Further downstream on the Uncompahgre, GGA is continuing to work with the City of Montrose on river restoration projects with a goal of achieving close to 10 miles of public fishing water in total on the river by the end of the decade.

Perhaps GGA’s biggest achievement in fishing access occurred on the Gunnison River where it meets with the North Fork of the Gunnison, known as Gunnison River Pleasure Park.

“Thirty years ago, it was all private, you couldn’t access the lower gorge on foot,” Pendergrass said. “Along with other sportsmen’s groups, we were able to buy land on both sides of the river, and then it was deeded over the Bureau of Land Management for a dollar. Now the BLM has developed a road system, put in toilets, boat ramps, the Cottonwood Camp…It all started with people having the foresight that this was an important piece of water.”

More recently, Pendergrass said GGA has had a hand in keeping access to the Gunnison River below the Smith Fork open to people with disabilities by weighing in on whether or not a jet boat permit in the area should be re-issued after the famous jetboat operator and outfitter LeRoy Jagodinski died last year.

“We pushed real hard for that jet boat service,” Pendergrass said. Since accessing the Gunnison River in the gorge is so tough, especially for those with disabilities, he said the jetboat would help with access to the river below the Smith Fork. “The jetboat was needed to fish the lower part, and [the BLM] was agreeable to that.”

One of the more innovative issues GGA took part in solving was the problem of ice floes on the San Miguel River. After a long process based on research, it was found that ecosystem-damaging ice floes during the winter months were caused by warm water being pumped from Trout Lake, through the Ames Power Station, and into the South Fork of the San Miguel River. To solve the problem, researchers found that circulators on Trout Lake, along with slowing the pump rate of the water to the power station, would cool the water temperatures enough so it would no longer melt the river’s ice down below.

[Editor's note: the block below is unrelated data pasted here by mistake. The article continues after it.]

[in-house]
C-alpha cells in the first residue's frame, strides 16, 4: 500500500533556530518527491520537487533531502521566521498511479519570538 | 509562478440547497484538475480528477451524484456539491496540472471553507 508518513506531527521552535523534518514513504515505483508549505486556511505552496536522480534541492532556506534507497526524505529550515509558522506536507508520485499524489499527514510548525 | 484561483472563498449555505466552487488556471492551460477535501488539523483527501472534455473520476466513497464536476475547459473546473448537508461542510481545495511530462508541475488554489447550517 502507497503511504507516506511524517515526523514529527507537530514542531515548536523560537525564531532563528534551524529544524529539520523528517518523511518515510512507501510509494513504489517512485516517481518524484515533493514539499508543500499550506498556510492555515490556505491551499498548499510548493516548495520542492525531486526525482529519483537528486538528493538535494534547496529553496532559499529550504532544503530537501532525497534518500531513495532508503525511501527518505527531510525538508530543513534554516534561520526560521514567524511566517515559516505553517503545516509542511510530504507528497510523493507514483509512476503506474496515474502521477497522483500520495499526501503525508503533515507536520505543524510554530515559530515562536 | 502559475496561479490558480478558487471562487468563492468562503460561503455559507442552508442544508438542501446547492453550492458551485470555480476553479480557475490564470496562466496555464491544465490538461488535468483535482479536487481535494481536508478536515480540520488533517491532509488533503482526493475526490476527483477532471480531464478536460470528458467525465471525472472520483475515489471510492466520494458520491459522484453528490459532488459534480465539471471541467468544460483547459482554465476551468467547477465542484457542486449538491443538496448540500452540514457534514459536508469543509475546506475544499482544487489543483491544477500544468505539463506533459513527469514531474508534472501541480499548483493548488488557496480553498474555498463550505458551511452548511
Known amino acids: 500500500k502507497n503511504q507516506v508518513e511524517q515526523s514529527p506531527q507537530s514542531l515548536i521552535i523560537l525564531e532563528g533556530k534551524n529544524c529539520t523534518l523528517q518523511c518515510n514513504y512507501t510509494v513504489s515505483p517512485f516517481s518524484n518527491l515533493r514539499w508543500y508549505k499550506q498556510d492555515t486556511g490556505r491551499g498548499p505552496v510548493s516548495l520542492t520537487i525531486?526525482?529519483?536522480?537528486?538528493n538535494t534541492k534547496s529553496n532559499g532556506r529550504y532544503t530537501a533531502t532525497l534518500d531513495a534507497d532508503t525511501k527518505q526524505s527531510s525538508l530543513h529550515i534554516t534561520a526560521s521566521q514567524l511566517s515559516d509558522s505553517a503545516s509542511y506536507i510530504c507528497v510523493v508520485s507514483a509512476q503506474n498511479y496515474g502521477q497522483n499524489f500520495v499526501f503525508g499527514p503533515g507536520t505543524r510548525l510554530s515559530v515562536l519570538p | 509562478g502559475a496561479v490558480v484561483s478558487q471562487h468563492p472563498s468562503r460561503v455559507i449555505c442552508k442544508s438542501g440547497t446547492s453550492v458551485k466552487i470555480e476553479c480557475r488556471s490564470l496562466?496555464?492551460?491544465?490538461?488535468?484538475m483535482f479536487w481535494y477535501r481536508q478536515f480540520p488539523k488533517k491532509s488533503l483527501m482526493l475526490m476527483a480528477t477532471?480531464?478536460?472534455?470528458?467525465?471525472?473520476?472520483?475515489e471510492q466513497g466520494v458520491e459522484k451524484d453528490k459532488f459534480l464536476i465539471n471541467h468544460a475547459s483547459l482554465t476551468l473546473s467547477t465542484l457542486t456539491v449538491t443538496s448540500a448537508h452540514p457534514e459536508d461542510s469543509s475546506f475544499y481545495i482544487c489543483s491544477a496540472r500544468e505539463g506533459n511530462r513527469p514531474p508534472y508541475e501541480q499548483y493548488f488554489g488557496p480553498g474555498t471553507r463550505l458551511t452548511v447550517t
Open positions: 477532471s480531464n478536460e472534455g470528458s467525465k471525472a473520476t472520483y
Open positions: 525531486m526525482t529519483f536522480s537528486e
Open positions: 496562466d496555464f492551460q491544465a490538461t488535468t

“I really commend the scientists who worked with BLM and the Forest Service on this,” Pendergrass said. “The ice wiped out bug life and fish – at one time, there were no carryover fish. It was really detrimental. Over the past two or three years, the fishing on the San Miguel has been the best it’s ever been.”

Pendergrass could take the better part of a week explaining all of the accomplishments GGA has achieved. That list includes:

•  Work toward designating the San Miguel River as Wild and Scenic, which is still in the process.

•  Helping to secure a 300 cfs minimum flow through the Black Canyon National Park.

•  Restructuring the banks of the Uncompahgre River near Baldridge and Cerise parks in Montrose.

•  Involved in mitigation for the South Canal Hydro Project with the Delta-Montrose Electric Association.

• Helped acquire a mile of Uncompahgre River from Target north to the jogging trail bridge equaling 35 acres and one mile of river.

•  Worked to help solve Whirling Disease in the Gunnison River in an effort to bring back a disease-resistant rainbow trout population.

And of course, Pendergrass said GGA’s work is not over. This fall, GGA expects to complete the restructuring of a diversion dam on the Gunnison River below the confluence of the North Fork and hopes to work on improving stream flows below McPhee Reservoir on the Dolores River.

Looking back at the work GGA strives to do, Pendergrass said it’s all comes down to working with people to protect and improve water.

“We believe in the old saw: ‘If you take care of the water, you take care of everybody else.’”

For more information on GGA, visit its website at Reservations are required for the Trout-a-Palooza event on July 26. For tickets, contact John or Tom at Telluride Outside at 970/728-3895. Cost of admission is $50. Additional reporting by Peter Shelton. or @GusJarvis